MSU board votes to raise tuition by 9.6 percent

Contact: Terry Denbow, University Relations, (517) 355-2262, denbow@msu.edu

Jul 11, 2007

EAST LANSING, Mich. — The Michigan State University Board of Trustees today adopted a budget for fiscal 2007-08 that is designed to preserve and build upon MSU’s strength and stature as one of the top 100 universities in the world.

As part of the new budget, there will be a general, across-the-board tuition increase of 9.6 percent, covering both undergraduate and graduate students.

Under this budget, an in-state, undergraduate lower division student (freshman or sophomore) will pay an average of $798 more for tuition and fees compared to last year.

MSU President Lou Anna K. Simon said the tuition increase was necessary in the face of reduced support from the state of Michigan.

“We’re trying to preserve the reality of being one of the top 100 universities in the world,” Simon said. “This is not an aspirational budget that has added money because we want to be something different than who we are. This is trying to sustain our own reality. It’s evidence based and values based.”

In addition, the board voted to give the president the authority to make tuition and fee adjustments in response to the level of state appropriations the university receives.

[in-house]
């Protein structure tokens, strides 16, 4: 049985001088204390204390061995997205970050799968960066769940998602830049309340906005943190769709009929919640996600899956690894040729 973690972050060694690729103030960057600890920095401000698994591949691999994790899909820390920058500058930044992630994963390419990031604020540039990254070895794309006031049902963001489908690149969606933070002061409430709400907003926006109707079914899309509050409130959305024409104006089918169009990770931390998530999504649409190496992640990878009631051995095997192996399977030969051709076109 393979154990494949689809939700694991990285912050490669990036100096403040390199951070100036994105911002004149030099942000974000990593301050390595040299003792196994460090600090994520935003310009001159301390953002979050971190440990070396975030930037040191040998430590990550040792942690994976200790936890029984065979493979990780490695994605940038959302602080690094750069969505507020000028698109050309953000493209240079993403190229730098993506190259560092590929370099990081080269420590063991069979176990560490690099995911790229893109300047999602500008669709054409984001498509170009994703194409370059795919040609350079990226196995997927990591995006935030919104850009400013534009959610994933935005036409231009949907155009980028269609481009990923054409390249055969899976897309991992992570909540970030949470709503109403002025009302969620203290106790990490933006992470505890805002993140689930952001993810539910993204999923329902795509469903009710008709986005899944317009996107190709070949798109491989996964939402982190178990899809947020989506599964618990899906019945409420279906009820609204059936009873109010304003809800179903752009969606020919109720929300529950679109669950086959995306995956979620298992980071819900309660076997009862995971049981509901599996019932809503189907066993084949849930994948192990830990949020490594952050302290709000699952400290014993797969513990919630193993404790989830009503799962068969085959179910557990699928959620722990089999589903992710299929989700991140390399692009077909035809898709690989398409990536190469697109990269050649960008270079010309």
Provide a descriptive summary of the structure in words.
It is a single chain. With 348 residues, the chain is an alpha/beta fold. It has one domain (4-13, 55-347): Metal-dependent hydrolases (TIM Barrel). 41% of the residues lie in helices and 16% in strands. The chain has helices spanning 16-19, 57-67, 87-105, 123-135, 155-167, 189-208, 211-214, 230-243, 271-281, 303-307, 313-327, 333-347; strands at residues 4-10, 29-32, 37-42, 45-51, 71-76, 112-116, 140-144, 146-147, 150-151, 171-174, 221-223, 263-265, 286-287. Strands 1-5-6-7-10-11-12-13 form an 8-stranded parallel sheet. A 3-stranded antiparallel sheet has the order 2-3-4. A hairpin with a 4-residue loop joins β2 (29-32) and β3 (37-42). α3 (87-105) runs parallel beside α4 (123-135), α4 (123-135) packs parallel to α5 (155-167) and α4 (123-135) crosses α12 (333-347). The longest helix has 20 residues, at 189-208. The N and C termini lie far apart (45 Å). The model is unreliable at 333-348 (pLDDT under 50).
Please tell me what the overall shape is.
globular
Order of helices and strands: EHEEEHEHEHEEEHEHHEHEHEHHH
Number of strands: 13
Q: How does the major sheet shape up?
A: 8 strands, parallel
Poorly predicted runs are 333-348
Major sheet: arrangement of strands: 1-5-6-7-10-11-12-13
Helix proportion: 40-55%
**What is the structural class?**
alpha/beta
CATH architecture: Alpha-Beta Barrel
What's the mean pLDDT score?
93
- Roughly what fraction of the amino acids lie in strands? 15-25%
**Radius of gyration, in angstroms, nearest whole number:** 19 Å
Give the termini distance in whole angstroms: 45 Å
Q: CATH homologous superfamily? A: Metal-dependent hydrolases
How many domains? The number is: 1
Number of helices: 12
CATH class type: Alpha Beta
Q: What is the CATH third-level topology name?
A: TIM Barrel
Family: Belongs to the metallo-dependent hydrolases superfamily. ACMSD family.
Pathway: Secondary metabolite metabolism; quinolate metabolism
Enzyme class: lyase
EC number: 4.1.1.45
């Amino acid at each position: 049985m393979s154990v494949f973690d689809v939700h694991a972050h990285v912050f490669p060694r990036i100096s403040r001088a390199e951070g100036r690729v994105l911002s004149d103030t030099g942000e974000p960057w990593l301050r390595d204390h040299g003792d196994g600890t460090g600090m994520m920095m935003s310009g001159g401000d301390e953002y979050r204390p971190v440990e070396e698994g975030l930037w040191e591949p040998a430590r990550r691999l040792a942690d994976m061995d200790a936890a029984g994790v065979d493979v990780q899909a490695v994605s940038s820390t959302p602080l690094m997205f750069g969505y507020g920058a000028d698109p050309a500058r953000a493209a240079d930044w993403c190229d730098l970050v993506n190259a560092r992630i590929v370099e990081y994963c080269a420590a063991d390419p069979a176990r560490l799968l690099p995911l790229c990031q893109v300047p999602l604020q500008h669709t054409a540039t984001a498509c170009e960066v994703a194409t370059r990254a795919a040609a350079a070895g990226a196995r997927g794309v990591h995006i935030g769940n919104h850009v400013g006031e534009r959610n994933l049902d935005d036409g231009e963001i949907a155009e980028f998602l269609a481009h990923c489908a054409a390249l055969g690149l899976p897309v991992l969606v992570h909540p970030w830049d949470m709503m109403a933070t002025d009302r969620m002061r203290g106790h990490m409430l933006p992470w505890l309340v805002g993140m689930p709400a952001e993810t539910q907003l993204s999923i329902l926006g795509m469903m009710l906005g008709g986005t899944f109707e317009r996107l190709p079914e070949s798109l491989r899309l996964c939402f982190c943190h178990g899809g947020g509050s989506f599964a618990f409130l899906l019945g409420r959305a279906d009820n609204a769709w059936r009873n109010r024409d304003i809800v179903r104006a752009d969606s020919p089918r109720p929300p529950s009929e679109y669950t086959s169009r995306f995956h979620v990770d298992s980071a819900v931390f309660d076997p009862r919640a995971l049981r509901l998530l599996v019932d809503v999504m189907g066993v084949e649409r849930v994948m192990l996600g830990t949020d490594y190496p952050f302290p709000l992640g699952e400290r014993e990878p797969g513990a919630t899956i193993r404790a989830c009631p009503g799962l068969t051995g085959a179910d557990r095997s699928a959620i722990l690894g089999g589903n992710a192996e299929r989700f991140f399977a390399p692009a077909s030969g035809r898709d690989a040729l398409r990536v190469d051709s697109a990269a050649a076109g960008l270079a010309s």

Should appropriation support exceed anticipated levels, tuition would be reduced in the following semester. Alternately, if appropriations are less than anticipated, some increase in tuition and fees would be expected in the following semester.

Also included in the budget is continuation of the Spartan Advantage, a program that ensures grant aid and work study equal to the average tuition, fees, room and board, and books.

Initiated last year, the program is for students whose family income is at or below the federal poverty level. To be eligible, the student also must be a first-time incoming freshman from Michigan, enrolled full time in a baccalaureate program and be eligible for federal Pell grants.

Nearly 200 students took advantage of the program last year. In 2007-08 it’s expected that as many as 600 students could be eligible for the Spartan Advantage, with an average award of about $1,600.

Over the past four years, MSU’s financial aid increases have exceeded tuition hikes by an average of 4.5 percent.

In April, the MSU board approved a 5.25 percent increase in housing rates for returning students for the 2007-08 fiscal year. Through years of cost control, MSU has significantly kept down its housing rates and has the lowest residence hall rates among Michigan’s public colleges and universities.

“This is viewed as a long-term sustainable financial framework,” Simon said. “What this budget does not include is what I would call a lot of short-term gimmicks.”

For more MSU budget information, visit budget.msu.edu